Afghanistan fastest-growing economy in S. Asia
WASHINGTON (PAN): Registering a double-digit growth rate of 11 percent in 2012, Afghanistan has emerged as the fastest-growing economy in South Asia, the World bank said on Tuesday, cautioning after security transition the rate could drop over the next three years.
“Afghanistan’s economy grew robustly by about 11 percent mostly due to a good harvest,” said the World Bank’s report on Global Economic Prospects for 2013, which is in contrast to other countries of the region.
Projections suggest that even with favorable assumptions, real GDP growth may fall from the average of 10 percent per year experienced over the past decade to 4-6 percent for 2013-2015, the report said.
As compared to a growth rate of 7.4 percent in 2012, South Asia’s GDP is projected to grow by 5.7 percent in the 2013 calendar year, and by 6.4 and 6.7 percent in 2014 and 2015, respectively.
In India, the region’s largest economy, growth measured in factor-cost terms is projected to decelerate to 5.4 percent in 2012 (ending in March 2013) from 6.5 percent in the 2011 fiscal year.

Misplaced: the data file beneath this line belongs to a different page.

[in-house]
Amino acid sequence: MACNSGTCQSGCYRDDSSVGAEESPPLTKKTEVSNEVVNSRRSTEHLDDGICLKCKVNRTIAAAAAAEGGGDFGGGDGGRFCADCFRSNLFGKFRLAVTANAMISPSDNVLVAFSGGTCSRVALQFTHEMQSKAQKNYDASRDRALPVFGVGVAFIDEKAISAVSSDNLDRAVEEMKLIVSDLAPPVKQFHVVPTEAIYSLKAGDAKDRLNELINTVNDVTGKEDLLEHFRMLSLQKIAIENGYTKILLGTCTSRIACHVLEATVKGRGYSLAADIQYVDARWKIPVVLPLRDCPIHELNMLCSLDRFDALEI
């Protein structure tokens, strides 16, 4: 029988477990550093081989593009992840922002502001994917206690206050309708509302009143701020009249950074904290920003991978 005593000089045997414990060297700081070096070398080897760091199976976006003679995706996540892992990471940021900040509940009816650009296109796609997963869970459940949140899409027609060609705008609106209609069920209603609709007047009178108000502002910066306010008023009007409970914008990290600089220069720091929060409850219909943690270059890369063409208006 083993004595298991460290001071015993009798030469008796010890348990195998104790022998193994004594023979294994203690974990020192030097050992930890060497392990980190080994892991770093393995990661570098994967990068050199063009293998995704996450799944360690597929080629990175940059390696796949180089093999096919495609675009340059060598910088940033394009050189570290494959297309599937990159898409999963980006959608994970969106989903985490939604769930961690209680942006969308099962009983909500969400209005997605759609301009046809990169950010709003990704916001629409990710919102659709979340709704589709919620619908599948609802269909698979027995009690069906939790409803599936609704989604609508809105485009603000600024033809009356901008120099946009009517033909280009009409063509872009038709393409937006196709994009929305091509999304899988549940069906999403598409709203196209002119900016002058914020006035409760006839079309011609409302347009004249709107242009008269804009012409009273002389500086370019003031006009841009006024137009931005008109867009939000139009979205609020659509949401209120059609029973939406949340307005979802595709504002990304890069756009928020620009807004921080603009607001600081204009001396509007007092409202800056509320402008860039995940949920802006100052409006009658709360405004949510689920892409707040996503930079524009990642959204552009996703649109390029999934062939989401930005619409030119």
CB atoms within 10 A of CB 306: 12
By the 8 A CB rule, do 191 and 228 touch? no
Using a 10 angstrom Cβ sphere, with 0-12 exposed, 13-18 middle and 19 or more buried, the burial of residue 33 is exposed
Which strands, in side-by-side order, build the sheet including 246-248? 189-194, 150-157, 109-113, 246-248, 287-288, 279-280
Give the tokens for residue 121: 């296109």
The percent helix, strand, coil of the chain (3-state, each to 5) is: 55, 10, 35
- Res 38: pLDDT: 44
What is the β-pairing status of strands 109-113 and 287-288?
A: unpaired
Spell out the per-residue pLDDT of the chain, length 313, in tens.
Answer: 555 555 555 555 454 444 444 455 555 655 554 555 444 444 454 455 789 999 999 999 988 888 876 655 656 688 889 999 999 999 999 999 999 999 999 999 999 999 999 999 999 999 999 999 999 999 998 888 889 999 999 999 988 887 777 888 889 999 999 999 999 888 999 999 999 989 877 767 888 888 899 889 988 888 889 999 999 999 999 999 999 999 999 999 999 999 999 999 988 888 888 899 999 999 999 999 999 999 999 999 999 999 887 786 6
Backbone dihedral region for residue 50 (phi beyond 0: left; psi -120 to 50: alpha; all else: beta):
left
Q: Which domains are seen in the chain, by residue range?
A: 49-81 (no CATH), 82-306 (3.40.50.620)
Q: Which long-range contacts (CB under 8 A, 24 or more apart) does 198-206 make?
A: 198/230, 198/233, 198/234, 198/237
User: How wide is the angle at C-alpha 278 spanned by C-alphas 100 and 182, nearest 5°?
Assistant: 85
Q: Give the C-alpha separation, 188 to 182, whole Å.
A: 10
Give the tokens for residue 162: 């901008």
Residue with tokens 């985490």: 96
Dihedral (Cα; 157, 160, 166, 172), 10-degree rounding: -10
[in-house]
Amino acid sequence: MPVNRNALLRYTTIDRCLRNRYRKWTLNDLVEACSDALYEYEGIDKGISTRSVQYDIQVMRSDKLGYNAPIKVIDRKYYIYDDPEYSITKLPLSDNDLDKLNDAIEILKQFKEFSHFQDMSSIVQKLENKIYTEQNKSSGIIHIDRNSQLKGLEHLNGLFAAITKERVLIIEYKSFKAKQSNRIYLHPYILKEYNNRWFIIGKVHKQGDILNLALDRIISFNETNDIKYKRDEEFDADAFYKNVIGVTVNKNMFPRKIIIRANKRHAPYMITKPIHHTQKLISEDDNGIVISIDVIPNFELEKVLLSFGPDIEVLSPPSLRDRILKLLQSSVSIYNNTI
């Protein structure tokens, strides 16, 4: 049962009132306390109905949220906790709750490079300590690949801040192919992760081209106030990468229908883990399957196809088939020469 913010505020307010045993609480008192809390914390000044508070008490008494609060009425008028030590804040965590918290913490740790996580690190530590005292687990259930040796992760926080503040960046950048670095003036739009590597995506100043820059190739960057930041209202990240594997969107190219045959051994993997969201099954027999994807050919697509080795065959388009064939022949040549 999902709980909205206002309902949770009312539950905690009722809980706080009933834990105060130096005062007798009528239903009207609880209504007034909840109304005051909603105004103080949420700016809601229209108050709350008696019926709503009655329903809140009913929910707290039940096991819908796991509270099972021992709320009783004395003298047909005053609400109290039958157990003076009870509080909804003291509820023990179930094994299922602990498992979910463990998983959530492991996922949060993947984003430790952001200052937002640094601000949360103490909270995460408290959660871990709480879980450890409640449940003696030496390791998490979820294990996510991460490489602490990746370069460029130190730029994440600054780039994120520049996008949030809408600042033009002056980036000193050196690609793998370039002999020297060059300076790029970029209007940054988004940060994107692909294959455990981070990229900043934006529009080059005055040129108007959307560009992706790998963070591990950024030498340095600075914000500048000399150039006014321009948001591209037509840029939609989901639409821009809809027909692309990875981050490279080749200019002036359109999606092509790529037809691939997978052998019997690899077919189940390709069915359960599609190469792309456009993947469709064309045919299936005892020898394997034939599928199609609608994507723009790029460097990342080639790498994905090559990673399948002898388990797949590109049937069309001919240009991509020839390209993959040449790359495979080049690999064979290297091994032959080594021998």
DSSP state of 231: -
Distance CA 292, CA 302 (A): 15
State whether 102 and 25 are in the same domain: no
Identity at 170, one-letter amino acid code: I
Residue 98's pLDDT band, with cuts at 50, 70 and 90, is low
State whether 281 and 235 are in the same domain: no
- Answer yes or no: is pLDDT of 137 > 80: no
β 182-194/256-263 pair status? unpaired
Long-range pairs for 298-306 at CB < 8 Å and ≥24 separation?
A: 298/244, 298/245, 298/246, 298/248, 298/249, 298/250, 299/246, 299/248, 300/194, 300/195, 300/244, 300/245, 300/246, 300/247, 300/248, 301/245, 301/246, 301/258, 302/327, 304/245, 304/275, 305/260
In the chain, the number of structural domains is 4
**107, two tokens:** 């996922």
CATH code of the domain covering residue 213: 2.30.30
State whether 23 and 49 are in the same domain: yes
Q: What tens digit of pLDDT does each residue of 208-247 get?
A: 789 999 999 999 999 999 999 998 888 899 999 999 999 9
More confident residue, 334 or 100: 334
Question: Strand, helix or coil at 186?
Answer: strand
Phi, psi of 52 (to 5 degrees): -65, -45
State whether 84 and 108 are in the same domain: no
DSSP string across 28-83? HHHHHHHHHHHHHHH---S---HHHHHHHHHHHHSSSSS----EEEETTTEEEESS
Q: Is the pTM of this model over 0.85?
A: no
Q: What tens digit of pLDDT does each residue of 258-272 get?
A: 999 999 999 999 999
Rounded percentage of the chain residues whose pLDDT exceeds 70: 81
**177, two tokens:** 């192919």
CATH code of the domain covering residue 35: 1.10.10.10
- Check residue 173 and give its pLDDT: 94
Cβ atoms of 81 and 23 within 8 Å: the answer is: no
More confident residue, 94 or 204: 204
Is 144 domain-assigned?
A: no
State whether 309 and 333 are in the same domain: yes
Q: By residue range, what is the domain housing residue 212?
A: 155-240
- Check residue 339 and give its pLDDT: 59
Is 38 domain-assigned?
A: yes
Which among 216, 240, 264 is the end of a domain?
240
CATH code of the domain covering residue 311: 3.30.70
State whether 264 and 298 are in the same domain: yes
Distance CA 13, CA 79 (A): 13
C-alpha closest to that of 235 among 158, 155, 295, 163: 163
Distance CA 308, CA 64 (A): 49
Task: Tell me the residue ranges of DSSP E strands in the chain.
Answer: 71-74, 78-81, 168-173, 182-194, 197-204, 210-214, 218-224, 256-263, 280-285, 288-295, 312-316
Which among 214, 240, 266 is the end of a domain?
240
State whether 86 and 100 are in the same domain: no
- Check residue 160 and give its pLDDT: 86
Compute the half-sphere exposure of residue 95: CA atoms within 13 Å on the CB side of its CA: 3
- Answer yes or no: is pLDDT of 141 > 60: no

“Growth in Pakistan, the second largest economy in the region, remained broadly stable at a projected 3.8 percent in the 2012-13 fiscal year, compared with 3.7 percent in 2011-12,” the report added.
The World Bank said Afghanistan was in a state of transition involving the handover of security responsibilities from international forces to the government in Kabul -- a process characterised by considerable political and security uncertainty.
“However, in 2012, Afghanistan’s economy grew strongly as a result of an exceptionally good harvest. Real GDP growth is estimated at around 11 percent, a significant increase from 7.3 percent in 2011.”
The good harvest also brought Afghanistan to near food self-sufficiency and slowed inflation to be 4.6 percent in July 2012 on a year-on-year basis, although inflation edged up to 5.4 percent in September, the document explained.
The medium-term outlook for Afghanistan remains cautiously optimistic. At the Tokyo conference in July 2012, donors pledged sufficient funds to fill Afghanistan’s (civilian) financing gap (estimated at $4 billion per year on average over the next years), and this should allow the government to sustain service delivery and development gains.
“Nevertheless, the transition process, which is associated with a decline in military and civilian aid, and the upcoming presidential elections could further increase uncertainty in the medium term and take a toll on investor confidence,” the World Bank said.
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